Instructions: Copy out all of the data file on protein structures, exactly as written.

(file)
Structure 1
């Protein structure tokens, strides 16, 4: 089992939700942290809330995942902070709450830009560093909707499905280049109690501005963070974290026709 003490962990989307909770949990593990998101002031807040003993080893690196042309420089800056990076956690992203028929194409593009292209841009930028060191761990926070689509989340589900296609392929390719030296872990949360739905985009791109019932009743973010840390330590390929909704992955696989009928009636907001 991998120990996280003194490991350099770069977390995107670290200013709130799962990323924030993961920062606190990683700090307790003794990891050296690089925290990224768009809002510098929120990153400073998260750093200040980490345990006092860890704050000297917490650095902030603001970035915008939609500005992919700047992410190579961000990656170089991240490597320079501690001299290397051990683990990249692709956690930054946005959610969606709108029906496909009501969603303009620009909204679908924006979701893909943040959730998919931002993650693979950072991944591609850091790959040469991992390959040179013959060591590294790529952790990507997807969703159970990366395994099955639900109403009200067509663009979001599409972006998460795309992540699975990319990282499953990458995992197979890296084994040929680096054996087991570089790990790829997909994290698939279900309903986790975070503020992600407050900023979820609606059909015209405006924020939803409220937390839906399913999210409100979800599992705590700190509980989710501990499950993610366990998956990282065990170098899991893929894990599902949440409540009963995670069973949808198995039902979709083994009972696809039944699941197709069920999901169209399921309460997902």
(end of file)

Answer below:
Structure 1
């Protein structure tokens, strides 16, 4: 089992939700942290809330995942902070709450830009560093909707499905280049109690501005963070974290026709 003490962990989307909770949990593990998101002031807040003993080893690196042309420089800056990076956690992203028929194409593009292209841009930028060191761990926070689509989340589900296609392929390719030296872990949360739905985009791109019932009743973010840390330590390929909704992955696989009928009636907001 991998120990996280003194490991350099770069977390995107670290200013709130799962990323924030993961920062606190990683700090307790003794990891050296690089925290990224768009809002510098929120990153400073998260750093200040980490345990006092860890704050000297917490650095902030603001970035915008939609500005992919700047992410190579961000990656170089991240490597320079501690001299290397051990683990990249692709956690930054946005959610969606709108029906496909009501969603303009620009909204679908924006979701893909943040959730998919931002993650693979950072991944591609850091790959040469991992390959040179013959060591590294790529952790990507997807969703159970990366395994099955639900109403009200067509663009979001599409972006998460795309992540699975990319990282499953990458995992197979890296084994040929680096054996087991570089790990790829997909994290698939279900309903986790975070503020992600407050900023979820609606059909015209405006924020939803409220937390839906399913999210409100979800599992705590700190509980989710501990499950993610366990998956990282065990170098899991893929894990599902949440409540009963995670069973949808198995039902979709083994009972696809039944699941197709069920999901169209399921309460997902």